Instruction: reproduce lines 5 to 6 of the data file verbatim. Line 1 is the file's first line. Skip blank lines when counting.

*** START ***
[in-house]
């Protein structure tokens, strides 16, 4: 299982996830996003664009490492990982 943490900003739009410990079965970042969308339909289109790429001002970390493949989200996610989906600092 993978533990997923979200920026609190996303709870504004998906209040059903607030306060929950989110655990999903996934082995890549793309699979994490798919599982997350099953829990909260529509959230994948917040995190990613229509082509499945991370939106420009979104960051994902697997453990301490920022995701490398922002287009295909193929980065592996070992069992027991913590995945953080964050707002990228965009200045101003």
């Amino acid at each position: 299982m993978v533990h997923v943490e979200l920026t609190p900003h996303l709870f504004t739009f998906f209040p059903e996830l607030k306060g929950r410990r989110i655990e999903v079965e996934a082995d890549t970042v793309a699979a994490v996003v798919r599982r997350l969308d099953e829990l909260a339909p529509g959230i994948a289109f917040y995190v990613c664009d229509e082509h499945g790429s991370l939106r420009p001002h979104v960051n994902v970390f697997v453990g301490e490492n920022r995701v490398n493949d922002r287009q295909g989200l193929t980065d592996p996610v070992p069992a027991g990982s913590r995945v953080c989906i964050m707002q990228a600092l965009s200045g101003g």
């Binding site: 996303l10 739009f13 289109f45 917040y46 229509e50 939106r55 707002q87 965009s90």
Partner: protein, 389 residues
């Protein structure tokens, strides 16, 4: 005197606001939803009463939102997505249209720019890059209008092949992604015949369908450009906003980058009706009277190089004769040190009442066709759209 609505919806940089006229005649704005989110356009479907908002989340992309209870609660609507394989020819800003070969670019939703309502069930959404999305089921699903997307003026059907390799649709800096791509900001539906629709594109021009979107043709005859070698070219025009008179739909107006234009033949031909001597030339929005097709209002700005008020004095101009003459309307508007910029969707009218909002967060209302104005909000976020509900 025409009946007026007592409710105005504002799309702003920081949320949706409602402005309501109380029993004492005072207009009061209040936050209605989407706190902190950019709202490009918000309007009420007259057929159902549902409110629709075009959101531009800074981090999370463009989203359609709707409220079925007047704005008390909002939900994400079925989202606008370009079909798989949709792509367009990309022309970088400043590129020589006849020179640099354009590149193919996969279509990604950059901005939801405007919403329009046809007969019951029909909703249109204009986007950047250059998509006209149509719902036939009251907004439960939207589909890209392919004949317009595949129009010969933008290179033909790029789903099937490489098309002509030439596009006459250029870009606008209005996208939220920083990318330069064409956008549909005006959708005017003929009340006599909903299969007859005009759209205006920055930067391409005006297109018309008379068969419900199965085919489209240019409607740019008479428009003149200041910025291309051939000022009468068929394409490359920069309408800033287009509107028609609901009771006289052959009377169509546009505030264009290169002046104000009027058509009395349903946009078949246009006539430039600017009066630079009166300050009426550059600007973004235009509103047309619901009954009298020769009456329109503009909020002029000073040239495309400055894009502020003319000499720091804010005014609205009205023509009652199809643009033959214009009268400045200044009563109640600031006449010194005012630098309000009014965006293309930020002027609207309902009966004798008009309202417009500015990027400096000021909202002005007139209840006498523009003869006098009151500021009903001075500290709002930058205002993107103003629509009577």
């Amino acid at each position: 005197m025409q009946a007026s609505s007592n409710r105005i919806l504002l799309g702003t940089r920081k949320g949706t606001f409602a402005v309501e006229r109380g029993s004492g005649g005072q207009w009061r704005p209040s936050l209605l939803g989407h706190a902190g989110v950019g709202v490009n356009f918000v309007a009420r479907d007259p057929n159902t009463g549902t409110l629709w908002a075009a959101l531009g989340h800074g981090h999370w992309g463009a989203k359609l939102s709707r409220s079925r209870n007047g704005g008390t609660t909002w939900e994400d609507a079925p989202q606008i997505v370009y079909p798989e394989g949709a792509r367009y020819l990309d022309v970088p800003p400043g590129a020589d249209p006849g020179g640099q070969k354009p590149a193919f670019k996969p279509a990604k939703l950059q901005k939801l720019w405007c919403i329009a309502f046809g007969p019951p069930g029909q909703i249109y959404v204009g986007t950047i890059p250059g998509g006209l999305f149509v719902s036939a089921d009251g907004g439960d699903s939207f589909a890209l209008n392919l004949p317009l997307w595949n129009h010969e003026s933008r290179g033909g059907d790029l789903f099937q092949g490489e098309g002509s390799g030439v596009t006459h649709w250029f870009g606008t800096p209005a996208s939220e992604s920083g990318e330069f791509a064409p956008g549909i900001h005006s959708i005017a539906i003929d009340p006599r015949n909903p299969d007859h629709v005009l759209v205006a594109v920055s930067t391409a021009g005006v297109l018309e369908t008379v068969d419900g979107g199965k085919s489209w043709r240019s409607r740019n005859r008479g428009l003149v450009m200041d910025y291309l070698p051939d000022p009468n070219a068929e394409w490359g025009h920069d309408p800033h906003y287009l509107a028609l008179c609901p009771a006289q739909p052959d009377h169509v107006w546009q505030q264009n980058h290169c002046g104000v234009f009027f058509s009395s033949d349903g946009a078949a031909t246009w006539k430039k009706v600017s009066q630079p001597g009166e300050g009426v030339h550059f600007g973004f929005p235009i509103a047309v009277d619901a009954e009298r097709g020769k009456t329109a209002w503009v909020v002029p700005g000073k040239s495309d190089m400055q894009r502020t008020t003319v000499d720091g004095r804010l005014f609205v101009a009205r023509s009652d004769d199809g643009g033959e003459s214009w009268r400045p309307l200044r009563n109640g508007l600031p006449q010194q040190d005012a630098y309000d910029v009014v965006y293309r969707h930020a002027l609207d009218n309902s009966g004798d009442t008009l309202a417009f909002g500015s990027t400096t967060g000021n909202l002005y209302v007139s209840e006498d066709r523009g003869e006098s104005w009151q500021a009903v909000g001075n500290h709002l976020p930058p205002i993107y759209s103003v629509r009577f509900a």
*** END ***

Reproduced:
Partner: protein, 389 residues
């Protein structure tokens, strides 16, 4: 005197606001939803009463939102997505249209720019890059209008092949992604015949369908450009906003980058009706009277190089004769040190009442066709759209 609505919806940089006229005649704005989110356009479907908002989340992309209870609660609507394989020819800003070969670019939703309502069930959404999305089921699903997307003026059907390799649709800096791509900001539906629709594109021009979107043709005859070698070219025009008179739909107006234009033949031909001597030339929005097709209002700005008020004095101009003459309307508007910029969707009218909002967060209302104005909000976020509900 025409009946007026007592409710105005504002799309702003920081949320949706409602402005309501109380029993004492005072207009009061209040936050209605989407706190902190950019709202490009918000309007009420007259057929159902549902409110629709075009959101531009800074981090999370463009989203359609709707409220079925007047704005008390909002939900994400079925989202606008370009079909798989949709792509367009990309022309970088400043590129020589006849020179640099354009590149193919996969279509990604950059901005939801405007919403329009046809007969019951029909909703249109204009986007950047250059998509006209149509719902036939009251907004439960939207589909890209392919004949317009595949129009010969933008290179033909790029789903099937490489098309002509030439596009006459250029870009606008209005996208939220920083990318330069064409956008549909005006959708005017003929009340006599909903299969007859005009759209205006920055930067391409005006297109018309008379068969419900199965085919489209240019409607740019008479428009003149200041910025291309051939000022009468068929394409490359920069309408800033287009509107028609609901009771006289052959009377169509546009505030264009290169002046104000009027058509009395349903946009078949246009006539430039600017009066630079009166300050009426550059600007973004235009509103047309619901009954009298020769009456329109503009909020002029000073040239495309400055894009502020003319000499720091804010005014609205009205023509009652199809643009033959214009009268400045200044009563109640600031006449010194005012630098309000009014965006293309930020002027609207309902009966004798008009309202417009500015990027400096000021909202002005007139209840006498523009003869006098009151500021009903001075500290709002930058205002993107103003629509009577």